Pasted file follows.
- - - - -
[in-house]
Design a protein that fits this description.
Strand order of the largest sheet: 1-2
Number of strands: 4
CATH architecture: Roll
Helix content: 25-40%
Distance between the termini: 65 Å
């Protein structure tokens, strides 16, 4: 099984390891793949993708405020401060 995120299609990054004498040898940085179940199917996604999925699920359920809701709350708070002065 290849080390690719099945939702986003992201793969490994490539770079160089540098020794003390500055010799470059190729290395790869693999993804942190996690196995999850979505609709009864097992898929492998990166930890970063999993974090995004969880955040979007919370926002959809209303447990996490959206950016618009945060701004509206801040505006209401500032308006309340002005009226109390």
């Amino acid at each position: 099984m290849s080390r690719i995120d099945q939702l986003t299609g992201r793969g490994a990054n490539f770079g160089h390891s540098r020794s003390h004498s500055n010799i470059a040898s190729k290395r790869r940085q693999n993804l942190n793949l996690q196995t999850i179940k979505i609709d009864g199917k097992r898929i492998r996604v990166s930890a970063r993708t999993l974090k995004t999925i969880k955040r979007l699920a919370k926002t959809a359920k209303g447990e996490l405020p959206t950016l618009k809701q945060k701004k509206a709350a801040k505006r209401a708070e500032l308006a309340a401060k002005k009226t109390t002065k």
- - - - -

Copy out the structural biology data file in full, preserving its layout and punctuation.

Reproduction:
[in-house]
Design a protein that fits this description.
Strand order of the largest sheet: 1-2
Number of strands: 4
CATH architecture: Roll
Helix content: 25-40%
Distance between the termini: 65 Å
């Protein structure tokens, strides 16, 4: 099984390891793949993708405020401060 995120299609990054004498040898940085179940199917996604999925699920359920809701709350708070002065 290849080390690719099945939702986003992201793969490994490539770079160089540098020794003390500055010799470059190729290395790869693999993804942190996690196995999850979505609709009864097992898929492998990166930890970063999993974090995004969880955040979007919370926002959809209303447990996490959206950016618009945060701004509206801040505006209401500032308006309340002005009226109390």
């Amino acid at each position: 099984m290849s080390r690719i995120d099945q939702l986003t299609g992201r793969g490994a990054n490539f770079g160089h390891s540098r020794s003390h004498s500055n010799i470059a040898s190729k290395r790869r940085q693999n993804l942190n793949l996690q196995t999850i179940k979505i609709d009864g199917k097992r898929i492998r996604v990166s930890a970063r993708t999993l974090k995004t999925i969880k955040r979007l699920a919370k926002t959809a359920k209303g447990e996490l405020p959206t950016l618009k809701q945060k701004k509206a709350a801040k505006r209401a708070e500032l308006a309340a401060k002005k009226t109390t002065k």